Drilling angled holes is a helpful skill that comes in handy for many home-related projects. One familiar example is when you want to nail a 2x4 at a 90-degree angle into another 2x4 to create the framework for a wall, yet you don't have a lot of room to swing the hammer. Toenailing is the answer for tight areas like this. If you have a hard time getting the nail started, a short angled pilot hole helps immensely by guiding the nail at the correct angle and reducing the amount of hammering needed.
Another example, common in woodworking projects, is drilling pocket holes when two pieces of wood need to be joined at an angle, and where you want the screw heads to be recessed below the surface of the workpiece.
But drilling angled holes in wood comes with its unique set of problems. Perhaps the most frustrating problem is when the drill bit begin to bore correctly, then quickly skitters across the wood and out of position. This is why you need to take special measures—either by purchasing a tool that will do the job for you or by adopting a technique with your drill that improves the likelihood of a perfect angled hole.
Click Play to Learn How to Drill Angled Holes
Three Methods for Drilling Angled Holes
There are three common methods for drilling angled holes, but two of them are more appropriate for experienced woodworkers who can afford the tools.
Drill press: A drill press is the best way to drill a hole at an angle. However, a drill press is an expensive, bulky, standalone tool that only lets you work on small pieces of material. Drill presses are poorly suited for so many home improvement projects because they cannot be moved from the shop.
Pocket hole jig: A good alternative to a drill press is a pocket hole jig. Pocket hole jigs, such as the Kreg R3 Jr., are cheap, simple devices that guide your drill bit into the material at an angle. If you need to drill more than a few holes, it may be worth purchasing a jig like this. Pocket hole jigs are not foolproof, though. They still require some practice time before moving onto the actual work material. And a good pocket hole jig is a fairly expensive accessory, especially if you won't use it regularly.
Manual method: The manual method requires no special tools. Along with finesse and patience, you only need a drill and a set of good drill bits. One bit will be the size of the intended hole and the other bit will be around half the size of the intended hole. This method has some limitations, though:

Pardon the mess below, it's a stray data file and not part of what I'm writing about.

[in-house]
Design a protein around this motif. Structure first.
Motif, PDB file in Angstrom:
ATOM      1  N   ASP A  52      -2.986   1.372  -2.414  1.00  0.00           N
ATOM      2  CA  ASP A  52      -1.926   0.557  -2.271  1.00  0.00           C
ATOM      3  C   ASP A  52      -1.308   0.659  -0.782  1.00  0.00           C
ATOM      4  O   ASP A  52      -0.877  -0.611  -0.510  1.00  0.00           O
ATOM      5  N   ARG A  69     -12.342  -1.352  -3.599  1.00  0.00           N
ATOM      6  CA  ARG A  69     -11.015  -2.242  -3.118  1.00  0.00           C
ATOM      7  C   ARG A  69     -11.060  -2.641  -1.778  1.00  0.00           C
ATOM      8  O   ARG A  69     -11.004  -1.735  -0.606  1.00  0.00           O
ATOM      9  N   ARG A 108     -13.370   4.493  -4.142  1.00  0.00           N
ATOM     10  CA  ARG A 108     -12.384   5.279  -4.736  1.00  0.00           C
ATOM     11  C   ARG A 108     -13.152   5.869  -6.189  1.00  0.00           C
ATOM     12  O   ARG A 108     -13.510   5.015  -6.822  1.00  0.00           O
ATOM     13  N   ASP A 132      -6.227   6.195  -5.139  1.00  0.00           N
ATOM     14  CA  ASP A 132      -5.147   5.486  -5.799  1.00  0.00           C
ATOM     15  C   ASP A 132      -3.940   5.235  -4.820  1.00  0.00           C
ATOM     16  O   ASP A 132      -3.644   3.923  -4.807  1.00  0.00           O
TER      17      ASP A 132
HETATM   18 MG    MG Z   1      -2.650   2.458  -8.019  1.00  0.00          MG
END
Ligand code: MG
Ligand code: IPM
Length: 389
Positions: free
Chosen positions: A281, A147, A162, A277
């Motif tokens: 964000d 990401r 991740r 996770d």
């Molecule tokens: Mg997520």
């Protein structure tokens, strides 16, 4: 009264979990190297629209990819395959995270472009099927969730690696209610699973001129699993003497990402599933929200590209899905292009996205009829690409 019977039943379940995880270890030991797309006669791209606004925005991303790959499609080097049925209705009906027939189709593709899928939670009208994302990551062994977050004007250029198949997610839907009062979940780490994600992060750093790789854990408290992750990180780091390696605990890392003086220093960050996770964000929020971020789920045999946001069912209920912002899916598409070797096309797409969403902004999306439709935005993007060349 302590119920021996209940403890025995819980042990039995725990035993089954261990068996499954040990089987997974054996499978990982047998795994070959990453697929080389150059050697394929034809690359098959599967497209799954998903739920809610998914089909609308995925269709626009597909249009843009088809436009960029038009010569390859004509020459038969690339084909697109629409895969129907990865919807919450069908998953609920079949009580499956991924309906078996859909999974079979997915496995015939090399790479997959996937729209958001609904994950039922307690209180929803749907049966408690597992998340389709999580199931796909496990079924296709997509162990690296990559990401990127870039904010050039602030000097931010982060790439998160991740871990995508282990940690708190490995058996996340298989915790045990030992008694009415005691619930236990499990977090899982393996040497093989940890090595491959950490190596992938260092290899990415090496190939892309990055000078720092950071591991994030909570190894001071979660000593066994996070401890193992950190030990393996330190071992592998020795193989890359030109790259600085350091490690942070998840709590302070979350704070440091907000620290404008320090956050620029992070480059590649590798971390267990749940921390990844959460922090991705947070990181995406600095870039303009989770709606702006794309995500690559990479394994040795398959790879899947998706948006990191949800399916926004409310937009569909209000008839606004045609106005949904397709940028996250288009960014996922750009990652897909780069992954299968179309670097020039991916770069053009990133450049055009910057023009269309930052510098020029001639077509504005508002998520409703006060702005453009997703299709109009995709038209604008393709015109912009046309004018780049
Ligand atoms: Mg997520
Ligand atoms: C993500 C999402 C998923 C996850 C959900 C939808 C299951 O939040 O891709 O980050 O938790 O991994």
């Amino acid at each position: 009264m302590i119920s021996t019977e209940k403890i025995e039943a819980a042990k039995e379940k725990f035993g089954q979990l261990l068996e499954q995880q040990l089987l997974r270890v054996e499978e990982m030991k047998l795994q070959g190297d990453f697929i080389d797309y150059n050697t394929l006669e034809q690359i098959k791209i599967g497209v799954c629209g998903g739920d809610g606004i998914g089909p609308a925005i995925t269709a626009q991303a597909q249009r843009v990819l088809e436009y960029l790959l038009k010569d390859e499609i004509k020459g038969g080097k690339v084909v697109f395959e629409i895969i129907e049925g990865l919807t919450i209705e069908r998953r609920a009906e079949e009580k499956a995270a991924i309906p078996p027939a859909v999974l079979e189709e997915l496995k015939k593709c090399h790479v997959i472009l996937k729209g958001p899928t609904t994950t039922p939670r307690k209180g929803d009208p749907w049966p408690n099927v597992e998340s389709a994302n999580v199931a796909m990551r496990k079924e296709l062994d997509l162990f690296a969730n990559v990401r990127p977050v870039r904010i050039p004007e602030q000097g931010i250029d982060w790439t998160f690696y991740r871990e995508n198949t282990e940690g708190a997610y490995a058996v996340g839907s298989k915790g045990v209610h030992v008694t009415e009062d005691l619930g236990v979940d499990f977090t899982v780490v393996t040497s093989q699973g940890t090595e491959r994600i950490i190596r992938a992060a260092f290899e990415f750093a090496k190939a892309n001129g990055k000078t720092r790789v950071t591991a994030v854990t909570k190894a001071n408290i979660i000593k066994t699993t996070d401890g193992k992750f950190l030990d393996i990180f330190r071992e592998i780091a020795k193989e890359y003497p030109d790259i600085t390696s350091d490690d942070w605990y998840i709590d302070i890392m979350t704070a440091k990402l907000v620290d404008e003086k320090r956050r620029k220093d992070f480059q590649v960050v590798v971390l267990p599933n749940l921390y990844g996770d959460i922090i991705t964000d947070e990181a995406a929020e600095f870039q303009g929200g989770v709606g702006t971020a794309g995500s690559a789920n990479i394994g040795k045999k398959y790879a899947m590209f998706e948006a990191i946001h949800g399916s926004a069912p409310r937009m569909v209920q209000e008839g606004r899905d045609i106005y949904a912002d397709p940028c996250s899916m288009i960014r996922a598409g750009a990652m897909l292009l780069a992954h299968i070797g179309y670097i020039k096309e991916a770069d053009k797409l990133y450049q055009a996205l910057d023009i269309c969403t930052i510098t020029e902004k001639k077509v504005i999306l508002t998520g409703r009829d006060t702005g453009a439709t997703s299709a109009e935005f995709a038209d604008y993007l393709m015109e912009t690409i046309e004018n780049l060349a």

- You will not be able to drill holes at every angle with the manual method. Up to 45 degrees, you can easily drill an angled hole. Between 45 degrees and 15 degrees, the process becomes more difficult but not impossible. Lower than 15 degrees, the drill will move around too much. When the starter bit dances too much, you cannot establish a well-defined starter hole to complete the rest of the hole.
- Softer woods work better than harder woods. Softwoods, a category which includes pine, hemlock, and the wood found in most framing lumber, work best for manual angle-drilling. Hardwoods such as maple, walnut, and oak are difficult to manually drill at an angle.
Equipment / Tools
- Drill bit set
- Speed Square
Choose Drill Bits
Choose a bit with a diameter that matches the final hole size you plan to drill, then choose a starter bit with a diameter about half that size. For example, if you want a 1/4-inch diameter hole, choose a 1/8-inch starter bit. Just be cautious of using extremely thin bits, as they may break.
Drill a Shallow Pilot Hole at 90 Degrees
With the starter begin to drill a hole in your material at 90 degrees to the face of the workpiece. Do not complete the hole. Stop the drill when the bit is about 1/16-inch to 1/8-inch into the material. The goal is to drill hole just deep enough to hold the tip of the bit for the next step, in which you will change the angle of the hole.
- Tip: Using newer, sharper drill bits helps, since sharp bits grab onto the wood better than dull bits.
Shift the Pilot Hole to the Desired Angle
Pull the starter bit back from the horizontal hole, and move the drill to the desired angle and insert the bit back into the hole. Make sure that the bit is firmly seated in the hole—if it is too close to the edge, it will lose grip and dance away; if it is too deep , you will not be able angle the drill. Now drill the hole to its full depth, maintaining a slow and steady speed.
- Tip: Rather than guessing at the angles, using a Speed Square helps you strike a perfect angle. Just lay the square against the side of the board, tilt it to the intended angle, then draw a line on the side of the board.
Switch to a Larger Bit
Remove the starter bit from the drill. Now, insert the larger bit into the drill.
Drill the Final Hole
With the correctly sized drill bit, enlarge the angled hole to its final size. Go as slow as possible, since high speeds may cause the bit to move away from the pilot hole.
Note: Once you have become proficient, the half-sized hole may not be necessary. Just start the correctly-sized bit at close to 90 degrees until it digs in enough to catch as the angle is changed.
- Tip: If you need extra room for drilling at low angles, add a drill bit extender. This inexpensive tool secures into the drill chuck, allowing you extra room for tight side-drilling.